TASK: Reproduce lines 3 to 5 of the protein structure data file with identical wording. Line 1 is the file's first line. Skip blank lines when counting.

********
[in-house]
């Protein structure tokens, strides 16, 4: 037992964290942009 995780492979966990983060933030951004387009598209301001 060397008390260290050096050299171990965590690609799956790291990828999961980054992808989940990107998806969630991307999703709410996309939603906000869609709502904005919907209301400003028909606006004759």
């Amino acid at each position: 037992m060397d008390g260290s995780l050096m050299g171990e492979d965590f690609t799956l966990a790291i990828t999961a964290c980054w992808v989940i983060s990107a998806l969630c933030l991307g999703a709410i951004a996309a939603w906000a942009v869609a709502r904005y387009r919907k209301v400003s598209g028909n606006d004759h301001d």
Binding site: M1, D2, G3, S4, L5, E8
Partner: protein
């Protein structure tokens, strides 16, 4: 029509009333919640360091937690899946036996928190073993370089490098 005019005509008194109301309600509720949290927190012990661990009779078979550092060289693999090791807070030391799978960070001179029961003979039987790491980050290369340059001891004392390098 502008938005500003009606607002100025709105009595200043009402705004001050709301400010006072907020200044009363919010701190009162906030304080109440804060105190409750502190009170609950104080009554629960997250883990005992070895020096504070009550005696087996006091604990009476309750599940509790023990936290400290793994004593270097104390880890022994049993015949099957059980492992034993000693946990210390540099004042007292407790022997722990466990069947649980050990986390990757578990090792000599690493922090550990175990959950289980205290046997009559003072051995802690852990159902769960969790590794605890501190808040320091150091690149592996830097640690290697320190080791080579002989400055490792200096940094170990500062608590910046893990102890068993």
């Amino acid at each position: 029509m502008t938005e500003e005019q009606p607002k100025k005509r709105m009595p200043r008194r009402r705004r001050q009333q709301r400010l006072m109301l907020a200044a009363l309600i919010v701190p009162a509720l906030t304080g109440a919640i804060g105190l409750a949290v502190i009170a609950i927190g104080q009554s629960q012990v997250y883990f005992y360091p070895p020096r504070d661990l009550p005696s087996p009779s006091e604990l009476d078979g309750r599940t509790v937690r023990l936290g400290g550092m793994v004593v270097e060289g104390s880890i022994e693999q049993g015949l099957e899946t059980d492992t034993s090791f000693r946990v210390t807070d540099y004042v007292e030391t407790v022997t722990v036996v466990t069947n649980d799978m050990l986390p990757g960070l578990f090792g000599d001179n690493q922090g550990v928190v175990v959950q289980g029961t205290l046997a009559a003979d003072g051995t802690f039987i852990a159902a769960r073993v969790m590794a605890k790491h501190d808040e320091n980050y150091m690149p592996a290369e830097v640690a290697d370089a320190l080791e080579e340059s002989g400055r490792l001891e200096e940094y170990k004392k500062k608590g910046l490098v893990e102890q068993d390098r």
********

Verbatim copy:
């Amino acid at each position: 037992m060397d008390g260290s995780l050096m050299g171990e492979d965590f690609t799956l966990a790291i990828t999961a964290c980054w992808v989940i983060s990107a998806l969630c933030l991307g999703a709410i951004a996309a939603w906000a942009v869609a709502r904005y387009r919907k209301v400003s598209g028909n606006d004759h301001d």
Binding site: M1, D2, G3, S4, L5, E8
Partner: protein